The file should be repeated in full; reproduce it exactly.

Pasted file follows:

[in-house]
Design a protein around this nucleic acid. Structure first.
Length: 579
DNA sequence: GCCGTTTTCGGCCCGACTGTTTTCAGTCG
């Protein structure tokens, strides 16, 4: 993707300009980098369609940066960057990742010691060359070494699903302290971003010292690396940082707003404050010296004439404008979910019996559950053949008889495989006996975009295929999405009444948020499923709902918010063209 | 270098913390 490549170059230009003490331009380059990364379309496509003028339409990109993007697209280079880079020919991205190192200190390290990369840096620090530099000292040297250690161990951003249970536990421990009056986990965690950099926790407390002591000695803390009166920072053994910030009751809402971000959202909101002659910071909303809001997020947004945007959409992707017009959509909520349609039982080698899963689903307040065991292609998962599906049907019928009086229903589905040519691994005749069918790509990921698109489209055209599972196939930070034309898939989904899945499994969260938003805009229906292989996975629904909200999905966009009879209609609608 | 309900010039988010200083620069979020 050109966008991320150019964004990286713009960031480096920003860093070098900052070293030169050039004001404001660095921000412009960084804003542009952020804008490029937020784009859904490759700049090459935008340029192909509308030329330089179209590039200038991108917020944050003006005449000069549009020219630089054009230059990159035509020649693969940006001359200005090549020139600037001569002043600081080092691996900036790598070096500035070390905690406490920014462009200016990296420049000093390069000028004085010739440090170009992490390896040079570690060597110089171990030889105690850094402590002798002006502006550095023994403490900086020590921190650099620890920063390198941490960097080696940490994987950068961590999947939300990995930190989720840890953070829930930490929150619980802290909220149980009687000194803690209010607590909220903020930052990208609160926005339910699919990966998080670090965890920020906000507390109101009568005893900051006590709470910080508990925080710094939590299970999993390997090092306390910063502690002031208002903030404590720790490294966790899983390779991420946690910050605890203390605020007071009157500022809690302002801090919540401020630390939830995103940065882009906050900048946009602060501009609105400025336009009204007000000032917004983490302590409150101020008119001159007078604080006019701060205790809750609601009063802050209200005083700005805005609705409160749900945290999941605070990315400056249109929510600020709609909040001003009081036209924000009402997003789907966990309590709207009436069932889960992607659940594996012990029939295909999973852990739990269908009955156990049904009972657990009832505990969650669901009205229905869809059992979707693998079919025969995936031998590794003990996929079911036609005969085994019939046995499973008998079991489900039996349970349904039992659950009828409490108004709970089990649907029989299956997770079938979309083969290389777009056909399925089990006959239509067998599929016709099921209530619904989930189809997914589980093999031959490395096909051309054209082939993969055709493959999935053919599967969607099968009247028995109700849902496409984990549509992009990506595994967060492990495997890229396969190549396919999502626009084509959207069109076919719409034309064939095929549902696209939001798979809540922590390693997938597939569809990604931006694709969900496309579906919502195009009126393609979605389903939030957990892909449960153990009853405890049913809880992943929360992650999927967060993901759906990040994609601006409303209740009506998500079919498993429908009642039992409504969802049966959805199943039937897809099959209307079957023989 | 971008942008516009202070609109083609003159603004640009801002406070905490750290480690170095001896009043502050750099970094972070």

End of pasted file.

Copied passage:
[in-house]
Design a protein around this nucleic acid. Structure first.
Length: 579
DNA sequence: GCCGTTTTCGGCCCGACTGTTTTCAGTCG
């Protein structure tokens, strides 16, 4: 993707300009980098369609940066960057990742010691060359070494699903302290971003010292690396940082707003404050010296004439404008979910019996559950053949008889495989006996975009295929999405009444948020499923709902918010063209 | 270098913390 490549170059230009003490331009380059990364379309496509003028339409990109993007697209280079880079020919991205190192200190390290990369840096620090530099000292040297250690161990951003249970536990421990009056986990965690950099926790407390002591000695803390009166920072053994910030009751809402971000959202909101002659910071909303809001997020947004945007959409992707017009959509909520349609039982080698899963689903307040065991292609998962599906049907019928009086229903589905040519691994005749069918790509990921698109489209055209599972196939930070034309898939989904899945499994969260938003805009229906292989996975629904909200999905966009009879209609609608 | 309900010039988010200083620069979020 050109966008991320150019964004990286713009960031480096920003860093070098900052070293030169050039004001404001660095921000412009960084804003542009952020804008490029937020784009859904490759700049090459935008340029192909509308030329330089179209590039200038991108917020944050003006005449000069549009020219630089054009230059990159035509020649693969940006001359200005090549020139600037001569002043600081080092691996900036790598070096500035070390905690406490920014462009200016990296420049000093390069000028004085010739440090170009992490390896040079570690060597110089171990030889105690850094402590002798002006502006550095023994403490900086020590921190650099620890920063390198941490960097080696940490994987950068961590999947939300990995930190989720840890953070829930930490929150619980802290909220149980009687000194803690209010607590909220903020930052990208609160926005339910699919990966998080670090965890920020906000507390109101009568005893900051006590709470910080508990925080710094939590299970999993390997090092306390910063502690002031208002903030404590720790490294966790899983390779991420946690910050605890203390605020007071009157500022809690302002801090919540401020630390939830995103940065882009906050900048946009602060501009609105400025336009009204007000000032917004983490302590409150101020008119001159007078604080006019701060205790809750609601009063802050209200005083700005805005609705409160749900945290999941605070990315400056249109929510600020709609909040001003009081036209924000009402997003789907966990309590709207009436069932889960992607659940594996012990029939295909999973852990739990269908009955156990049904009972657990009832505990969650669901009205229905869809059992979707693998079919025969995936031998590794003990996929079911036609005969085994019939046995499973008998079991489900039996349970349904039992659950009828409490108004709970089990649907029989299956997770079938979309083969290389777009056909399925089990006959239509067998599929016709099921209530619904989930189809997914589980093999031959490395096909051309054209082939993969055709493959999935053919599967969607099968009247028995109700849902496409984990549509992009990506595994967060492990495997890229396969190549396919999502626009084509959207069109076919719409034309064939095929549902696209939001798979809540922590390693997938597939569809990604931006694709969900496309579906919502195009009126393609979605389903939030957990892909449960153990009853405890049913809880992943929360992650999927967060993901759906990040994609601006409303209740009506998500079919498993429908009642039992409504969802049966959805199943039937897809099959209307079957023989 | 971008942008516009202070609109083609003159603004640009801002406070905490750290480690170095001896009043502050750099970094972070």